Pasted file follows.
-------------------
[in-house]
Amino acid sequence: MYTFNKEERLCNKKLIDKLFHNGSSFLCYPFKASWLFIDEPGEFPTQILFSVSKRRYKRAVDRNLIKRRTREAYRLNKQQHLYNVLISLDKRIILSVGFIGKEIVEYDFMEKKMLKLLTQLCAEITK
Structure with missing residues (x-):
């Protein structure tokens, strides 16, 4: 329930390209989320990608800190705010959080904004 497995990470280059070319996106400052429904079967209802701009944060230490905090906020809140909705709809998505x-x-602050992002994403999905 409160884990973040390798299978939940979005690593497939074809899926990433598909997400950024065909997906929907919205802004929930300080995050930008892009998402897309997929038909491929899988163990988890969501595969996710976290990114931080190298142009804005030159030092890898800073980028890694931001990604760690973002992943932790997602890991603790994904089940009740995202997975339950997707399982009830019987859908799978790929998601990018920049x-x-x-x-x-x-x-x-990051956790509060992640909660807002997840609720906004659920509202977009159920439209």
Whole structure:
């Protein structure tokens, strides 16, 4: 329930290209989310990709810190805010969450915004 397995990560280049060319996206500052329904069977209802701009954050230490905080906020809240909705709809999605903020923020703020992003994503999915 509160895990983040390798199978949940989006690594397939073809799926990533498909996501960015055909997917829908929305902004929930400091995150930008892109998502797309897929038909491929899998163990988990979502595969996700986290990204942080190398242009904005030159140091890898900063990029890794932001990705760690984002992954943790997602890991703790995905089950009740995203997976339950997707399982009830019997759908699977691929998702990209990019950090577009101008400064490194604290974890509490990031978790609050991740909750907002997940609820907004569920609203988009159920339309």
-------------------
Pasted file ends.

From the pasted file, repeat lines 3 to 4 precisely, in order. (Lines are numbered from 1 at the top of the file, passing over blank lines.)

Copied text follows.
Structure with missing residues (x-):
């Protein structure tokens, strides 16, 4: 329930390209989320990608800190705010959080904004 497995990470280059070319996106400052429904079967209802701009944060230490905090906020809140909705709809998505x-x-602050992002994403999905 409160884990973040390798299978939940979005690593497939074809899926990433598909997400950024065909997906929907919205802004929930300080995050930008892009998402897309997929038909491929899988163990988890969501595969996710976290990114931080190298142009804005030159030092890898800073980028890694931001990604760690973002992943932790997602890991603790994904089940009740995202997975339950997707399982009830019987859908799978790929998601990018920049x-x-x-x-x-x-x-x-990051956790509060992640909660807002997840609720906004659920509202977009159920439209």